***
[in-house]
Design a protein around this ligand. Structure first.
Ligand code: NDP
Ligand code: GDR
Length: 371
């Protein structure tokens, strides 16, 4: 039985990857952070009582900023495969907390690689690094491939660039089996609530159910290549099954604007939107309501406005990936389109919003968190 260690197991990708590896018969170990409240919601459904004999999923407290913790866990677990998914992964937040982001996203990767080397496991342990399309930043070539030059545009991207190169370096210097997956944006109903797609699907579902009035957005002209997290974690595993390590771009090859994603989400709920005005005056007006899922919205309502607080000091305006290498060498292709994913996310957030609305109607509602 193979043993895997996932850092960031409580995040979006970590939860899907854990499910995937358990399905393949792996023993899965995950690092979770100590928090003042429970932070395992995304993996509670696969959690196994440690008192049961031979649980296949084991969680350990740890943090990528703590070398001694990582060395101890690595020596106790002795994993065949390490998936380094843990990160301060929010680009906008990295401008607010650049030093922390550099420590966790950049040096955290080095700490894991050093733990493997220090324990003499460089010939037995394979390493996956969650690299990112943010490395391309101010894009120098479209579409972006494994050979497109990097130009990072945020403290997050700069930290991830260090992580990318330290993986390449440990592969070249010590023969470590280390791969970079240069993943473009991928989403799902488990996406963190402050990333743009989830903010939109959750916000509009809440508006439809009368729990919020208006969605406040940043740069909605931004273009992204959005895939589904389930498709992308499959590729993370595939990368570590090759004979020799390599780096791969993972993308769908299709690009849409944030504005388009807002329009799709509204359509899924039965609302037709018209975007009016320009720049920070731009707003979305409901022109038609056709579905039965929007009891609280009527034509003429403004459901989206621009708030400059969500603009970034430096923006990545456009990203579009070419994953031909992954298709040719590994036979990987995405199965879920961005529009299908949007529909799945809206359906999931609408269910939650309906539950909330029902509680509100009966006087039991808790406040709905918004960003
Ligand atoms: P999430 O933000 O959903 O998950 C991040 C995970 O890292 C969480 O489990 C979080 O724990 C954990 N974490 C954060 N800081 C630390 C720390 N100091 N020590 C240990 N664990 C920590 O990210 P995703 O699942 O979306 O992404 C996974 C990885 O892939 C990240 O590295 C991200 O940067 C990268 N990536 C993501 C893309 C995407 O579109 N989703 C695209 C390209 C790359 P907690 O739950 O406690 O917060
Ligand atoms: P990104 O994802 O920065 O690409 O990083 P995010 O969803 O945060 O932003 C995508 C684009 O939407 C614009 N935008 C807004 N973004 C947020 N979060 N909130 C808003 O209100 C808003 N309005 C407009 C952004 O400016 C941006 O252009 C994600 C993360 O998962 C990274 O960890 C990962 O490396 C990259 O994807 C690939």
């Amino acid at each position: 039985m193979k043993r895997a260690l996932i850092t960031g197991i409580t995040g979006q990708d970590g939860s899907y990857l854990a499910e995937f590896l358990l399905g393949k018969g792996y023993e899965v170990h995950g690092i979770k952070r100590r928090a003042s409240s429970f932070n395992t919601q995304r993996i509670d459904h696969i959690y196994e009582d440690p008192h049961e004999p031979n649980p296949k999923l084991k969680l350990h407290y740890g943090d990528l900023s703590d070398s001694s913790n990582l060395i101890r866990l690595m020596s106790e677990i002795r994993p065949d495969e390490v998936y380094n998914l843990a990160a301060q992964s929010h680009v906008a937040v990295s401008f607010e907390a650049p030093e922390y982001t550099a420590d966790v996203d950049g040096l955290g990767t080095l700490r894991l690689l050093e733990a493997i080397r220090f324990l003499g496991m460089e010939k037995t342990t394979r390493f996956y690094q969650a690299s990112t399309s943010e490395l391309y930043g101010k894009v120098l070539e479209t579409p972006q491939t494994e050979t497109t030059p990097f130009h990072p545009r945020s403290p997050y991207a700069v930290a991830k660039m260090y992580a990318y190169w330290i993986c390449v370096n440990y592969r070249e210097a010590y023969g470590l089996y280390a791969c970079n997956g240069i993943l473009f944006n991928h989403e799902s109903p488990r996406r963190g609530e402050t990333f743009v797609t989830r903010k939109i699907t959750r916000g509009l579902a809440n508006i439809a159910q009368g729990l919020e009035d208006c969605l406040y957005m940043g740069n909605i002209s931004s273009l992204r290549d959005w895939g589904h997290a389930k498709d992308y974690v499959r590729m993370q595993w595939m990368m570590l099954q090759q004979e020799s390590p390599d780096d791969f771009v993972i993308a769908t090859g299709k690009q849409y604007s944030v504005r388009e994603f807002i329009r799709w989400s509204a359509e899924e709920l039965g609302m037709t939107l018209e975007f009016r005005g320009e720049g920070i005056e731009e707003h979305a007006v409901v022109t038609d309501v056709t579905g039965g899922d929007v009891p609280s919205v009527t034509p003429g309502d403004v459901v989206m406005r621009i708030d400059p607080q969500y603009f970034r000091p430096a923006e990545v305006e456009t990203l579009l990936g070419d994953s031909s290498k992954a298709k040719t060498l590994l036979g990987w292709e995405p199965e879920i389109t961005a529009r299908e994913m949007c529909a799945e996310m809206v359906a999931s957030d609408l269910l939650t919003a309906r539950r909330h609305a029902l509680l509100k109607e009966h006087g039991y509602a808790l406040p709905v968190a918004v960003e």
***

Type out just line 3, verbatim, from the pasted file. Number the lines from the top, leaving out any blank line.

Ligand code: NDP